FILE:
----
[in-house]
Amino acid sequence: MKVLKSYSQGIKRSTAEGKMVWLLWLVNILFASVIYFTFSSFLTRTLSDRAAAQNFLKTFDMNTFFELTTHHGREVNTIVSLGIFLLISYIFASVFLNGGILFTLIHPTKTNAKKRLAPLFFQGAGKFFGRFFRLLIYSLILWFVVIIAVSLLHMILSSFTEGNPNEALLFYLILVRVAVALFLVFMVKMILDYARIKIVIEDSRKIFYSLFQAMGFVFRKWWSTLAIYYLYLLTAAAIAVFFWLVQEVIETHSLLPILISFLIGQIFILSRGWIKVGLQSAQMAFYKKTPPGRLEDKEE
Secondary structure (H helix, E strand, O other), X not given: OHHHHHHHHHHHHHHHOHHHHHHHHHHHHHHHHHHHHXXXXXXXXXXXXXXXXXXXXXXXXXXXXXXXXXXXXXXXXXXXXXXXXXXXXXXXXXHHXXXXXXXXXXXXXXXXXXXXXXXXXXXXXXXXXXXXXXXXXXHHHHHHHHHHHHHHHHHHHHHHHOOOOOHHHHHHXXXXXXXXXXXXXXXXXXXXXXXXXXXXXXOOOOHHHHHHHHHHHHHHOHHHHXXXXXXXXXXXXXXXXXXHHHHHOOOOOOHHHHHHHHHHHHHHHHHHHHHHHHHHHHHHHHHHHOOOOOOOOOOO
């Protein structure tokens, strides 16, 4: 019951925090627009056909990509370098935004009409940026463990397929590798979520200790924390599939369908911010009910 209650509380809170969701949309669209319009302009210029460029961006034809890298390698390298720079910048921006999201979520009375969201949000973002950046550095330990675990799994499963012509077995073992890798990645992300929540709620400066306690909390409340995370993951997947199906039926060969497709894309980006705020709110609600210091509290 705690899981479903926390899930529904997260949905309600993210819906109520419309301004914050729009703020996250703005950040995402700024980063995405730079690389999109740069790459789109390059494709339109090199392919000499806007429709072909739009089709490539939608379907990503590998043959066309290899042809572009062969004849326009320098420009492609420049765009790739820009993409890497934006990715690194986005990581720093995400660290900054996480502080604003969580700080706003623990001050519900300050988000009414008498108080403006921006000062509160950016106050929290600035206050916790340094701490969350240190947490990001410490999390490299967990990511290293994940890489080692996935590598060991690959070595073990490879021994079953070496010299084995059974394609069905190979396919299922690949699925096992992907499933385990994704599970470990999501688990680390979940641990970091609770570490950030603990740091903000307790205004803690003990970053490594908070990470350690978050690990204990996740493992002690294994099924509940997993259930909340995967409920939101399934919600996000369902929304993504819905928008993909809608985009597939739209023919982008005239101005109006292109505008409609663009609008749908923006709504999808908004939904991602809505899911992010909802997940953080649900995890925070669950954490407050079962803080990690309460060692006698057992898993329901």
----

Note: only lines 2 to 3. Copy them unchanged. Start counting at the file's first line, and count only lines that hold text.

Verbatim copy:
Amino acid sequence: MKVLKSYSQGIKRSTAEGKMVWLLWLVNILFASVIYFTFSSFLTRTLSDRAAAQNFLKTFDMNTFFELTTHHGREVNTIVSLGIFLLISYIFASVFLNGGILFTLIHPTKTNAKKRLAPLFFQGAGKFFGRFFRLLIYSLILWFVVIIAVSLLHMILSSFTEGNPNEALLFYLILVRVAVALFLVFMVKMILDYARIKIVIEDSRKIFYSLFQAMGFVFRKWWSTLAIYYLYLLTAAAIAVFFWLVQEVIETHSLLPILISFLIGQIFILSRGWIKVGLQSAQMAFYKKTPPGRLEDKEE
Secondary structure (H helix, E strand, O other), X not given: OHHHHHHHHHHHHHHHOHHHHHHHHHHHHHHHHHHHHXXXXXXXXXXXXXXXXXXXXXXXXXXXXXXXXXXXXXXXXXXXXXXXXXXXXXXXXXHHXXXXXXXXXXXXXXXXXXXXXXXXXXXXXXXXXXXXXXXXXXHHHHHHHHHHHHHHHHHHHHHHHOOOOOHHHHHHXXXXXXXXXXXXXXXXXXXXXXXXXXXXXXOOOOHHHHHHHHHHHHHHOHHHHXXXXXXXXXXXXXXXXXXHHHHHOOOOOOHHHHHHHHHHHHHHHHHHHHHHHHHHHHHHHHHHHOOOOOOOOOOO